For Healthcare, Windows Picks a Bad Time for a Facelift
It's all very inspired by the success of the iPad, itself a radical rethink on the old Macintosh user interface. Apple doesn't officially support the iPad with a mouse, although at the recent American Telemedicine Conference, I saw a variety of iPads paired with third-party keyboards and even a few mice to recreate that PC experience.
Metro still retains the mouse when running on desktops, but it's the "Windows 8" name that will cause healthcare (and many users in general) the most grief. As of last Saturday, purchasers of systems with the current Windows 7 installed are eligible to upgrade to Windows 8 for less than $15.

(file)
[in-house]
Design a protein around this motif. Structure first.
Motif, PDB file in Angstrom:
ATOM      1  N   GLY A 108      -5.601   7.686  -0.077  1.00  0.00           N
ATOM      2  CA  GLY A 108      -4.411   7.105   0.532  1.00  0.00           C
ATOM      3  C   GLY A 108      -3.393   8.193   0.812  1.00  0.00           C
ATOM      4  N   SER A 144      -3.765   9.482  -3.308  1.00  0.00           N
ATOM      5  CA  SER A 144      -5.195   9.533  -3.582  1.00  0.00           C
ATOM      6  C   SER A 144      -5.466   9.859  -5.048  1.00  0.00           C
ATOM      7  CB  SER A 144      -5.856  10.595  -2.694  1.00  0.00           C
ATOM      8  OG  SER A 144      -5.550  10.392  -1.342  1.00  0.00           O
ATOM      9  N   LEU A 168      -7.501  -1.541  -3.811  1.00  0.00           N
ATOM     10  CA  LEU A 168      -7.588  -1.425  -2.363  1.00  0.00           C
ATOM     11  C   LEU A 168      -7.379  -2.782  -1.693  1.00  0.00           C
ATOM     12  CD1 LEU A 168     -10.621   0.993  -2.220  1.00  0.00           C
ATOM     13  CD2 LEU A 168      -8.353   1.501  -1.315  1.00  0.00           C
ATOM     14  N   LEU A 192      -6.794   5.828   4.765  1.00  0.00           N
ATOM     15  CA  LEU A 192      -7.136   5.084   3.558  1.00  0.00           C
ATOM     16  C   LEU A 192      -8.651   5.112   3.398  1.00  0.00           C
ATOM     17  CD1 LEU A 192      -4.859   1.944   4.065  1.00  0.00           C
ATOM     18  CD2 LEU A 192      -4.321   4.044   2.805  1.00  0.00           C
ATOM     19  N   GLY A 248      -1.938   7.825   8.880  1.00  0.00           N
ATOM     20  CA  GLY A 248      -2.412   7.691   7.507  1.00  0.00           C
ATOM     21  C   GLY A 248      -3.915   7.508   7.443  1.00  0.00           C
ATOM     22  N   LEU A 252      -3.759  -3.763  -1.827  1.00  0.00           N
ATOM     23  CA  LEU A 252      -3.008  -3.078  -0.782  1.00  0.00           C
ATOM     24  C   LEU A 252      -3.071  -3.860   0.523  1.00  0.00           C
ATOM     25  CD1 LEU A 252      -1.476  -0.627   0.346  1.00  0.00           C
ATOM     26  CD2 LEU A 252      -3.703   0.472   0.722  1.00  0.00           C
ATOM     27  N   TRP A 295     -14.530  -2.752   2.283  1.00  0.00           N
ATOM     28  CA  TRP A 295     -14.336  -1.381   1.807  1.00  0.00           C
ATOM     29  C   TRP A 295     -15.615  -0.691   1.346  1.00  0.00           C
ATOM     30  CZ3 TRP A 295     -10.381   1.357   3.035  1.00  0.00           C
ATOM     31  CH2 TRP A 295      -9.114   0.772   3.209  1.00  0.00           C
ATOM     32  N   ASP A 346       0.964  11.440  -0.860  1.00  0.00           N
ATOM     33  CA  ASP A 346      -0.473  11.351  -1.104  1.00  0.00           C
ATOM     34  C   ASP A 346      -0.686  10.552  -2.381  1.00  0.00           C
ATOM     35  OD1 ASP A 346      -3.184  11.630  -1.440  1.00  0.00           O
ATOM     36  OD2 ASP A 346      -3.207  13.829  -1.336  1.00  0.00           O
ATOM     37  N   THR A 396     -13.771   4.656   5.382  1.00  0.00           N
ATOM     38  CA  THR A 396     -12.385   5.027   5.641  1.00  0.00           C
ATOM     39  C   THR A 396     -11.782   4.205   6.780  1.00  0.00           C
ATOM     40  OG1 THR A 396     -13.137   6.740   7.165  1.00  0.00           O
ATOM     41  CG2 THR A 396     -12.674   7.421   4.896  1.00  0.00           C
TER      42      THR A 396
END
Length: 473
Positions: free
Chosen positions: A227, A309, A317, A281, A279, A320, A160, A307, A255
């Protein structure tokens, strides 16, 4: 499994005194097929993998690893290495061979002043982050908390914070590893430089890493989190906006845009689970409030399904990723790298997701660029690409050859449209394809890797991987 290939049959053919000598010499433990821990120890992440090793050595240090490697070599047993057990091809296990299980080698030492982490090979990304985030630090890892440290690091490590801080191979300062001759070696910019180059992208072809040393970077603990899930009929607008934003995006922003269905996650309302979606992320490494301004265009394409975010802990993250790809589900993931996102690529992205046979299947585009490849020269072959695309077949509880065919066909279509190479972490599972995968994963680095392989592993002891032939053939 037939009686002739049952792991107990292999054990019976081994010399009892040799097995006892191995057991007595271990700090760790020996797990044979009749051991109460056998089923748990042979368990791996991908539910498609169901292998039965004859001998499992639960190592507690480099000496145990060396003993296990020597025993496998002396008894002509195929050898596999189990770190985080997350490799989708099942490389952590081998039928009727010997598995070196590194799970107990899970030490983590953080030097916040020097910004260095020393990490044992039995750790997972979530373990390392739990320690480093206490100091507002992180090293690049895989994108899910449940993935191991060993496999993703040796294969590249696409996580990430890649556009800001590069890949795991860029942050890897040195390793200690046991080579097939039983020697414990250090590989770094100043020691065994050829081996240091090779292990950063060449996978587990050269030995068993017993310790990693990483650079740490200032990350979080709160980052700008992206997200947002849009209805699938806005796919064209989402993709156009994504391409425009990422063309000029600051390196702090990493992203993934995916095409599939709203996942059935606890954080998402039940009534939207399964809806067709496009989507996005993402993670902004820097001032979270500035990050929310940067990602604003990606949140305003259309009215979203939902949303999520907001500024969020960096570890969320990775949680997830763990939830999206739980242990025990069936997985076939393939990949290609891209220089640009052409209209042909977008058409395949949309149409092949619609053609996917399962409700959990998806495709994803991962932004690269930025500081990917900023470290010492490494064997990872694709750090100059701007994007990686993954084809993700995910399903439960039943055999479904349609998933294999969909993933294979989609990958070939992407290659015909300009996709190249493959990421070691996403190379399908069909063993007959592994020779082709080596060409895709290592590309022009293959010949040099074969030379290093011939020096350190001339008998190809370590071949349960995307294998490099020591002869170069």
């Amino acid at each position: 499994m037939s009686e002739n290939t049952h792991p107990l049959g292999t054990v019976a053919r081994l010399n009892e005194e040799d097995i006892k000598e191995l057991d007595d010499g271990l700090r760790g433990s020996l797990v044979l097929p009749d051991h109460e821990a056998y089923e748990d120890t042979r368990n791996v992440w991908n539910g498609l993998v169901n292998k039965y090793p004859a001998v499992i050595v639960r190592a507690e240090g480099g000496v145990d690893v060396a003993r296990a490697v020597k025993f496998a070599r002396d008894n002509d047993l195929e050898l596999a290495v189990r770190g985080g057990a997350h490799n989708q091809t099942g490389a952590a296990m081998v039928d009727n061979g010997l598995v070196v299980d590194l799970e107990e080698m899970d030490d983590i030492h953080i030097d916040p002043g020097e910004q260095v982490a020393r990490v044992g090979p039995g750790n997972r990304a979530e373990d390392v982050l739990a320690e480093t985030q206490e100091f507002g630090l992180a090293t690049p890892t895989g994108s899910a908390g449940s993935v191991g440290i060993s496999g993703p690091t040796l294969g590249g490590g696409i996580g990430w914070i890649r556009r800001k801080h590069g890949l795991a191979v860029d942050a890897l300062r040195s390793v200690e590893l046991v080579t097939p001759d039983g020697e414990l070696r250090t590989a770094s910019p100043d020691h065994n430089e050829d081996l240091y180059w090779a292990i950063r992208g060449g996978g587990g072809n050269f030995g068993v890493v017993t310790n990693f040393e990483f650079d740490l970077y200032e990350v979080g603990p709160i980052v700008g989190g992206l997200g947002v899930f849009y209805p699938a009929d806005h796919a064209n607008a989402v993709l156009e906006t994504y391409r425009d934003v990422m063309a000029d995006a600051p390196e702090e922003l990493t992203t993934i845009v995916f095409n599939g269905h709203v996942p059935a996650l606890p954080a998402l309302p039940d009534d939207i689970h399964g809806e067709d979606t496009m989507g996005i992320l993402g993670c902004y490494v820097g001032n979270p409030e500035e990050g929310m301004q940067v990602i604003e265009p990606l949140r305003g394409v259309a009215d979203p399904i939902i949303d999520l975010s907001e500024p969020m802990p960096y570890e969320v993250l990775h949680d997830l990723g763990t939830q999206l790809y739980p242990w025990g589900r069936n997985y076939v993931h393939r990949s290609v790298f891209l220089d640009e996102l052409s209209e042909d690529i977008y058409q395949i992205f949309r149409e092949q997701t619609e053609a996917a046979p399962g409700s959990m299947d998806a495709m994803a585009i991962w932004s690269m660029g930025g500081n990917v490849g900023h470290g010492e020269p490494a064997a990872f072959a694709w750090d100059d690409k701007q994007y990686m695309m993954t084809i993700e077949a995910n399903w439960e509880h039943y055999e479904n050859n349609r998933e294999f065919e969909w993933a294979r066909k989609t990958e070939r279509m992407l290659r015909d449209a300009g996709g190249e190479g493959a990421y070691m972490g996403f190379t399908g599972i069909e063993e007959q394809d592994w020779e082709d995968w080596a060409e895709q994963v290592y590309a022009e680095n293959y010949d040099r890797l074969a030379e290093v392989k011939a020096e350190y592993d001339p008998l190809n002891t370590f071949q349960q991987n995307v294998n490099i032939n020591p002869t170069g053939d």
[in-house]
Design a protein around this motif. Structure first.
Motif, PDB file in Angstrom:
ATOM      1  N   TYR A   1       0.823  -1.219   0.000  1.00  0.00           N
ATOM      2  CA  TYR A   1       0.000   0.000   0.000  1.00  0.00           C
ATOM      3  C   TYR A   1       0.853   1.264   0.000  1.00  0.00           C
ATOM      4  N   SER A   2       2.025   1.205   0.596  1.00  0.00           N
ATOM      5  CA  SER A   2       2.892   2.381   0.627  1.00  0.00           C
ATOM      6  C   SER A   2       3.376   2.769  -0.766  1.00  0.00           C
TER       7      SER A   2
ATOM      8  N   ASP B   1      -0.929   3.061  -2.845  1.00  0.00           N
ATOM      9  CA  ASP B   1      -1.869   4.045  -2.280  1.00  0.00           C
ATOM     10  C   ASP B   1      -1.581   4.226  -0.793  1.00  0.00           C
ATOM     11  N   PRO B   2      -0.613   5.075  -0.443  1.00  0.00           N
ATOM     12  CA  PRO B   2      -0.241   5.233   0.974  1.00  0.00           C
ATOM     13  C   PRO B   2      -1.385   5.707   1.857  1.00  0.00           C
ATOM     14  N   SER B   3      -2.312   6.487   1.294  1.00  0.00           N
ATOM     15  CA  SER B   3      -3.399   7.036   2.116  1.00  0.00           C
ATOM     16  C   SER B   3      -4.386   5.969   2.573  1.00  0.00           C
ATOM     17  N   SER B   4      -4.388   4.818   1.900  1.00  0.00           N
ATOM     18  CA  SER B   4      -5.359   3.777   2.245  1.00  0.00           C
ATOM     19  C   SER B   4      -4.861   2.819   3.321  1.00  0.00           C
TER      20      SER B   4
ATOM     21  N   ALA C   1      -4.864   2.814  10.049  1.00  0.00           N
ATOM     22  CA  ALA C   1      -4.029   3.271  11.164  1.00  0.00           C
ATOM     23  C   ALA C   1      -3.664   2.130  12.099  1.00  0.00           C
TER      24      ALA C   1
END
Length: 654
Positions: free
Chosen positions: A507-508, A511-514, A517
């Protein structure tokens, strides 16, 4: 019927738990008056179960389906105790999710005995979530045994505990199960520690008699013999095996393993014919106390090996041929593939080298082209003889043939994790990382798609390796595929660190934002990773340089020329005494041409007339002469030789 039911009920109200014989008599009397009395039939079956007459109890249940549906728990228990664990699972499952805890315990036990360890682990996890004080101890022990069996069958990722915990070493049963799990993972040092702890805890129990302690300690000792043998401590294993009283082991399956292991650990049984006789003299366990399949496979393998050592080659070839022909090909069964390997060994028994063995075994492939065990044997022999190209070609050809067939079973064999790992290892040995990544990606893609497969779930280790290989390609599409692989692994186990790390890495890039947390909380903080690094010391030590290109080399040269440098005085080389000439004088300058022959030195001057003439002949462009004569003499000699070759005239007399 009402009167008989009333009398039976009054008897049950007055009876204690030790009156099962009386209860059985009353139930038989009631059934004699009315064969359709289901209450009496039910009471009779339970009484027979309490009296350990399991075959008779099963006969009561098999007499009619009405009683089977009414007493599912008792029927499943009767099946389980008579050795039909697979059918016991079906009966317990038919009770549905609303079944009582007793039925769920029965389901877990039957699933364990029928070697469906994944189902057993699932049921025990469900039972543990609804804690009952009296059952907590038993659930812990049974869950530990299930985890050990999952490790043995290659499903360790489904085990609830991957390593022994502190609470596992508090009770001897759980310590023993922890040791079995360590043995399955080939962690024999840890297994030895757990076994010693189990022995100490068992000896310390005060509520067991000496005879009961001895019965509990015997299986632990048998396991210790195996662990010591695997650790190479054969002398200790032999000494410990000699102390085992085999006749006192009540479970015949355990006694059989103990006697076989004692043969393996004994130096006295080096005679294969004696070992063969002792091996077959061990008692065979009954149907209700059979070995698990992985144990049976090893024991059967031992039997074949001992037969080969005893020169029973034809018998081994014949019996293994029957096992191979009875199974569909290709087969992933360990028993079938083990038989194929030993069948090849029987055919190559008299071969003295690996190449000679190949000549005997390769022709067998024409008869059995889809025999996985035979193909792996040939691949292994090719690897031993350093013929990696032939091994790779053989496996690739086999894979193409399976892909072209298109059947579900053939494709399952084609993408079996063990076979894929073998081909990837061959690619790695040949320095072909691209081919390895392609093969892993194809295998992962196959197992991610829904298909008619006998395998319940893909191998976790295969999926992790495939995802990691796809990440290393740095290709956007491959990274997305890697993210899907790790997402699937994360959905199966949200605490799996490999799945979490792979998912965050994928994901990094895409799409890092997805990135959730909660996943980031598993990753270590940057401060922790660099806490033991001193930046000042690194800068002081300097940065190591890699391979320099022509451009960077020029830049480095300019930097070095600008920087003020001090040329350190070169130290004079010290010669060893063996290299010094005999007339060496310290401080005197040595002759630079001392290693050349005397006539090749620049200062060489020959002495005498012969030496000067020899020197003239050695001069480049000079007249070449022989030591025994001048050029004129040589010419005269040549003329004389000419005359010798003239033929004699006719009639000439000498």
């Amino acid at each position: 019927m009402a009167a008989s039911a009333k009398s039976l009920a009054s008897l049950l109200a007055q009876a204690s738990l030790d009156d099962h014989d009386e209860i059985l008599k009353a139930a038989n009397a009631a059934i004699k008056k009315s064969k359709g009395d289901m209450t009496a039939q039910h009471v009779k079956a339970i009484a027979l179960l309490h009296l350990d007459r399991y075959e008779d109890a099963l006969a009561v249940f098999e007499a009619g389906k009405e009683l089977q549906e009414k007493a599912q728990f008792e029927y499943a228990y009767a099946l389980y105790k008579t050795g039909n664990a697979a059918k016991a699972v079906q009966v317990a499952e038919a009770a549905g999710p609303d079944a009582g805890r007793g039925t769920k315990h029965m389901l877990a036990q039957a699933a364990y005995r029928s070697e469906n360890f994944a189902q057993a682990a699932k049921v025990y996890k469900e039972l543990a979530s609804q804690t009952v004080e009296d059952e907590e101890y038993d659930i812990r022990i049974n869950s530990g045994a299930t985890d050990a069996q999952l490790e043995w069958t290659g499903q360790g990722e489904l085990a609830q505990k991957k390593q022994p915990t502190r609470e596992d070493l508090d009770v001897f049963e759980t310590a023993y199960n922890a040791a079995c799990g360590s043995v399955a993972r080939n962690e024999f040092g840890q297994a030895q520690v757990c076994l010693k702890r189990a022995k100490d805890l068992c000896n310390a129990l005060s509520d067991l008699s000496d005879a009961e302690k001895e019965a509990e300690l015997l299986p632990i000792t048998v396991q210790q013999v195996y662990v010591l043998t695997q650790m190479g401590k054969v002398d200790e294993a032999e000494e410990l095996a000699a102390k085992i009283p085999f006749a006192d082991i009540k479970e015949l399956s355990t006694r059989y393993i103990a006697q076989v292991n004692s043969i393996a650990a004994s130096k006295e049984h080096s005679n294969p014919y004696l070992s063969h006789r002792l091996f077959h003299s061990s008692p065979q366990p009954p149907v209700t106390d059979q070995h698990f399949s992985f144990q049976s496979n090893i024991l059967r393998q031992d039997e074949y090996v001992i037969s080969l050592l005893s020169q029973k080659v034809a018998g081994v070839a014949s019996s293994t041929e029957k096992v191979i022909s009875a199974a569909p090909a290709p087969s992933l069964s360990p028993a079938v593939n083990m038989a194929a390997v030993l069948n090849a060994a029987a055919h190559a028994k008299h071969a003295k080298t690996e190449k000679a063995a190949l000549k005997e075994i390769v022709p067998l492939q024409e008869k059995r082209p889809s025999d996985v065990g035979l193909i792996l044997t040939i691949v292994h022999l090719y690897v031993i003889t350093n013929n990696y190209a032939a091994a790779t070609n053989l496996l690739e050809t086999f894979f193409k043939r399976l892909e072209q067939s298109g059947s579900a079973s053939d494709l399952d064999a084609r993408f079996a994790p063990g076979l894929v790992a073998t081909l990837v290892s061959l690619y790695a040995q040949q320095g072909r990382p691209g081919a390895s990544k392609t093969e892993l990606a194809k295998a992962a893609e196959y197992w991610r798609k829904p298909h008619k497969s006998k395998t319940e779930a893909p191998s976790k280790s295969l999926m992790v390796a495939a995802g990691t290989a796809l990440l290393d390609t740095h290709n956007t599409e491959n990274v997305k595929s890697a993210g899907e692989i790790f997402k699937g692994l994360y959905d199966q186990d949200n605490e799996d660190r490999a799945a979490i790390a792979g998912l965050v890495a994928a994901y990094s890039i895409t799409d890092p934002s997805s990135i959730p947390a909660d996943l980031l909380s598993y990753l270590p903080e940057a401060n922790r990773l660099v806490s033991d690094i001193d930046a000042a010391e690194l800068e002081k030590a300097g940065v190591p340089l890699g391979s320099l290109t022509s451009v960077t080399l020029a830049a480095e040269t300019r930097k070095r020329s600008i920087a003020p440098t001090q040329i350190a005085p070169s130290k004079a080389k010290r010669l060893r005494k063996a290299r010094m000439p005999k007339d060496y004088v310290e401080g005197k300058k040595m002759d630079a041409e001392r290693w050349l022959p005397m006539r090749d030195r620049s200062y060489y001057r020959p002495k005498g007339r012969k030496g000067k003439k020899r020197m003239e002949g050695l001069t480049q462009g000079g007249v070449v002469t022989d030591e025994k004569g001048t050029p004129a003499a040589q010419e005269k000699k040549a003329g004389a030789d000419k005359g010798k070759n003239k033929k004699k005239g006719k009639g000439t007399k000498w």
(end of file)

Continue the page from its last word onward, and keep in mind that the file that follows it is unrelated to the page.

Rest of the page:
Generally these upgrades are a headache for all of IT. It's usually better to start with a fresh system. I wish Microsoft would dispense with the whole idea of upgrading from one OS to another. There's a history of bad experiences.
However you get Windows 8, if you're used to the Windows you know and love/hate, you're in for a disruptive transition. Windows 8 removes the "start" button in the lower-left corner, replacing it with a Charm Bar that's invisible until you drag your pointer via mouse or touch to the top or bottom of the screen (or press Control-C if you're a real geek).
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